Take a look at your wrist and, chances are, the way you’re reading the time is the same way humans have been doing this simple act over the past five centuries:  looking at circular dial with hour markers along the periphery, hands sweeping out from the center indicating hours, minutes, and likely seconds. Sure, we might find slight variations on the theme in terms of a sub-seconds register, 24-hour dial, jump hour (where hours are displayed digitally), or regulator (where the hour is displayed in its own register), but generally speaking, most modern watches rely on the same basic format for reading time.

Hop in a time machine and travel back a few hundred years, and the locals could easily read the time on your watch. Travel back further, say 3,000 years, and I’d argue that the townsfolk used to telling time on sundials could parse out how to read your watch pretty quickly. I’m no psychologist, but it’s hard not to think that this circular format, displaying the smooth sweep of time throughout the day (just as the sun, moon, and stars sweep across the sky), appeals to something deeply rooted in our neurobiology. And hey, if it works, why mess with it? For the same reason we humans do most things: not because we need to, but because we can!

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Though the way in which we tell time has remained relatively unchanged over the centuries, that’s not to say there haven’t been some major revolutions in time-telling. Digital displays on watches, ultimately deriving from Joseph Pallweber’s jump-hour pocket watch unveiled in 1883, were certainly a major departure. A century later, Pallweber’s design took on new life as digital quartz watches with LCD displays became nearly ubiquitous — accurate, cheap, easy to read, and nearly indestructible, an appealing formula. The popularity of Casio G-Shocks, fitness watches, and (dare I say) smartwatches speaks to the lasting influence of digital time-telling.

So, what will be the next major revolution in time-telling? Hard to say, but the watches below provide some fascinating examples of what’s possible outside the traditional modes of telling time.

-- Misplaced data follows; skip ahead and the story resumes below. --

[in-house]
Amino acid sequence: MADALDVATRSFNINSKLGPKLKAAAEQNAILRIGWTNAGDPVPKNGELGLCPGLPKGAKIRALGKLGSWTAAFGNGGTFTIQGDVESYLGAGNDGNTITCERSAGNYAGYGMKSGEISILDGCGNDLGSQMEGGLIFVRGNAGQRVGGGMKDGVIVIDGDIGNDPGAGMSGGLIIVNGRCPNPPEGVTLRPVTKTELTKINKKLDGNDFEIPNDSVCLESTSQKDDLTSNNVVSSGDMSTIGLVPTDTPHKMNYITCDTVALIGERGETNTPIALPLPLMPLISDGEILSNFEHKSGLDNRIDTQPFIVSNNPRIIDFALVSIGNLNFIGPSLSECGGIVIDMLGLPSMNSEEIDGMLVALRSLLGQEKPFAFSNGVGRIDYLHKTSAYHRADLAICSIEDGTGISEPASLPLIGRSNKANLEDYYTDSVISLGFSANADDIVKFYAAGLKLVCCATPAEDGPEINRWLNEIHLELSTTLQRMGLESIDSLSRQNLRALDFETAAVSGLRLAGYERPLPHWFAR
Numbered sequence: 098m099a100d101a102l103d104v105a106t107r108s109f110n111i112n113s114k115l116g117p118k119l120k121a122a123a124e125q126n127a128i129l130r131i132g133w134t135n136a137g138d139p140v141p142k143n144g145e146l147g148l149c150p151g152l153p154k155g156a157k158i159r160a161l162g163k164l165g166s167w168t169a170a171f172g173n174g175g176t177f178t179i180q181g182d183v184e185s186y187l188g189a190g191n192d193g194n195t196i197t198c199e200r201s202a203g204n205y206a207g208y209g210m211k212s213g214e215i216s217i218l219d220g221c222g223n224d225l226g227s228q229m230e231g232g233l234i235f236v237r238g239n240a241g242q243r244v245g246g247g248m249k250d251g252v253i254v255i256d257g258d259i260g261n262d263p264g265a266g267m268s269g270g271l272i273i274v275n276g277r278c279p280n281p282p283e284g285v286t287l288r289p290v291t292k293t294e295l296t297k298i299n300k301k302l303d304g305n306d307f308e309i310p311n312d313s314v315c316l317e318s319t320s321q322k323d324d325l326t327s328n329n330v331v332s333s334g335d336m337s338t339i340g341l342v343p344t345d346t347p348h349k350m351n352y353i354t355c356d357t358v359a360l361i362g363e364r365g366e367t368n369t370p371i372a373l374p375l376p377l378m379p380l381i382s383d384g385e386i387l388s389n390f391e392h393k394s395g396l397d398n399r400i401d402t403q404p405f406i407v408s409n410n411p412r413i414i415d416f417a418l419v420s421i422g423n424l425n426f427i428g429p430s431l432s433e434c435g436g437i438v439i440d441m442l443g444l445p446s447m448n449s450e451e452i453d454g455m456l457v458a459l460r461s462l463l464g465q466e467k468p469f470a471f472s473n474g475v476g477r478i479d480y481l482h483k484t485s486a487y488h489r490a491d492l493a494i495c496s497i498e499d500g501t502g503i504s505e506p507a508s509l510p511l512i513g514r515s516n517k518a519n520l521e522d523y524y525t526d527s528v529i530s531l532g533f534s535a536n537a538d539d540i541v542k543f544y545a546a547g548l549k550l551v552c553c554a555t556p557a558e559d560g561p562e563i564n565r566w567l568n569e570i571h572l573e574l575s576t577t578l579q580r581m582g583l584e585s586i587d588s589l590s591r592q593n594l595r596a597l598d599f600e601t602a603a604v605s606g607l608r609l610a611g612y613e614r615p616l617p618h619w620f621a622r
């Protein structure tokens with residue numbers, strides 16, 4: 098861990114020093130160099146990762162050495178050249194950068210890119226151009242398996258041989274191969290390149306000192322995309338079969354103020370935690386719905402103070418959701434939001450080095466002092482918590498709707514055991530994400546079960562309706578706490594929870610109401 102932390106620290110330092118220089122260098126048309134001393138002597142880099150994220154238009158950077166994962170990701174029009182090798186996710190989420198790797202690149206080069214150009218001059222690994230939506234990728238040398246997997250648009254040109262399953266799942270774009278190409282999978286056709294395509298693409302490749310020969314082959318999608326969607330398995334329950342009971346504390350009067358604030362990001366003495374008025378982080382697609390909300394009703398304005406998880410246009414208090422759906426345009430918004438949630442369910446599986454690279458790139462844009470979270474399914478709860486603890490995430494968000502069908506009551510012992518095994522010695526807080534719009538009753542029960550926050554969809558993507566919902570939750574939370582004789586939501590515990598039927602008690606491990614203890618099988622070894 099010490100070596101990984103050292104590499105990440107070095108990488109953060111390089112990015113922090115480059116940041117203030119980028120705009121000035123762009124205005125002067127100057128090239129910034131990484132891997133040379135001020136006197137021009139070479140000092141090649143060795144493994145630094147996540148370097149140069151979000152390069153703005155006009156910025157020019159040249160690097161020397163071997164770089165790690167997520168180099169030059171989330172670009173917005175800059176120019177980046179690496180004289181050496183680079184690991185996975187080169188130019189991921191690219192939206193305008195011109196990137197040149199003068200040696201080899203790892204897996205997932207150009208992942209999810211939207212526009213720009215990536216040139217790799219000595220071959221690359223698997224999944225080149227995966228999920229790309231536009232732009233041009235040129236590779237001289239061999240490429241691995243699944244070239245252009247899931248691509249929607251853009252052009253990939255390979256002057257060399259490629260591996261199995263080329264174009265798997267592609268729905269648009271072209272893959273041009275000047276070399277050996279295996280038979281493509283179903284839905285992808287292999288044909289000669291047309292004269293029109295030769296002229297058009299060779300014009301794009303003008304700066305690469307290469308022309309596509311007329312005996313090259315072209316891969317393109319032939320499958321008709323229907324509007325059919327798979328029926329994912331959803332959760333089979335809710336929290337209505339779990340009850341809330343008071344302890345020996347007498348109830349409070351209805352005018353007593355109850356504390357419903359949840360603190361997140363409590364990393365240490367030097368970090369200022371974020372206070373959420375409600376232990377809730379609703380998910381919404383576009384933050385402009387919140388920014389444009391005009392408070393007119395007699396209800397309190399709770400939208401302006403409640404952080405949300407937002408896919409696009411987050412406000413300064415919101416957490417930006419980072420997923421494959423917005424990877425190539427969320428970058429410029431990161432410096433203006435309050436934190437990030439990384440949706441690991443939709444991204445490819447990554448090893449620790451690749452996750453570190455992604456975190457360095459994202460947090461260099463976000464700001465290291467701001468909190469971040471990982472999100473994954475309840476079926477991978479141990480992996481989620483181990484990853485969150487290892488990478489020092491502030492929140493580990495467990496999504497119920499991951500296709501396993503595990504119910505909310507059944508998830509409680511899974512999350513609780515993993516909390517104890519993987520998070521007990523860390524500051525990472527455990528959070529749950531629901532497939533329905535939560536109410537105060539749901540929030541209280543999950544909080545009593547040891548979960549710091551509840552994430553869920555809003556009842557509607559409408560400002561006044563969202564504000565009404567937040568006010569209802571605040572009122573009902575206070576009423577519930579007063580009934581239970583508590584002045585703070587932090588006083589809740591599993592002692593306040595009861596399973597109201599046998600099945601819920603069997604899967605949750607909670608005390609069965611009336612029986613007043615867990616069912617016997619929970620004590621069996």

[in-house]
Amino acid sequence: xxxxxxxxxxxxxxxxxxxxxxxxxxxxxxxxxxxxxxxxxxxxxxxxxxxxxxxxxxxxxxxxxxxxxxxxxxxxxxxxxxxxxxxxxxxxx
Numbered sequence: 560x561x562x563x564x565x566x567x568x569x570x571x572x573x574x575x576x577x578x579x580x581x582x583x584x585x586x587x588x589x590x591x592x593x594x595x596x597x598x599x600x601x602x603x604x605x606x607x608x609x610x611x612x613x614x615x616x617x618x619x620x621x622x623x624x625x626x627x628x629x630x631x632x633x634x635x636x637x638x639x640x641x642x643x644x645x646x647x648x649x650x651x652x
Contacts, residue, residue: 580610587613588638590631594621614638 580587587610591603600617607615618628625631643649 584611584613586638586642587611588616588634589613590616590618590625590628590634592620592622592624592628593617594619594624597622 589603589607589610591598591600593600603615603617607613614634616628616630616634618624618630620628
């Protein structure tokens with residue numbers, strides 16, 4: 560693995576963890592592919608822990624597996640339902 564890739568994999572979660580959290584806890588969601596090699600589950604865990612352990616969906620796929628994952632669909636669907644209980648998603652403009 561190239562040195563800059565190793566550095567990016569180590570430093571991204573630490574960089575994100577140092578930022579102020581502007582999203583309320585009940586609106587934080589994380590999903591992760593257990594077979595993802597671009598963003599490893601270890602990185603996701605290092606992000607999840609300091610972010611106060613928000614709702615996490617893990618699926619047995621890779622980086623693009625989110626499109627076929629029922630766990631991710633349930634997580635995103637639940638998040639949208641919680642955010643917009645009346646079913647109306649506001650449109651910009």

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HYT takes the concept of the fluidity of time quite literally. While the central minutes display and sub-seconds register at 9 o’clock are traditional, circular motifs, the hours display is where things truly get interesting. HYT utilizes a highly-modified mechanical movement to power two baffles that control the passage of fluid through a capillary running along the periphery of the dial. The position of the fluid acts as an hour display indicator, resulting in a watch that is at once familiar and legible, but visually fascinating. There’s little in the way of subtlety with the HYT H0, coming in at 48.8mm, and nearly 18mm-thick, but the watch remains surprisingly wearable (see the full review here). It’s priced at $39,000 and you can learn more here.

Klokers K-01

Klokers, which first debuted on Kickstarter back in 2016, described the KLOK-01 and 02 as “machines to travel through time.” Not a bad description, considering the watches are reminiscent of a slide rule from the 1950s. Though I personally couldn’t use a slide rule to save my life, reading time on the KLOK-01 is surprisingly easy. Direct your eyes along the 12 o’clock axis, and three rotating rings move to display the time; hours are shown along the top ring, minutes on the central ring, and the seconds along the inner-most ring. Besides being visually interesting (especially to those nostalgic for the days before calculators), reading the time is quite easy since your eyes need only travel down a single axis rather than search across a two-dimensional surface for each hand. The Klokers K-01 is powered by a Swiss quartz movement and measures 44mm, but the size is tempered by a lugless design. Prices start at €438; you can read our full review here and visit Kloker’s website here.

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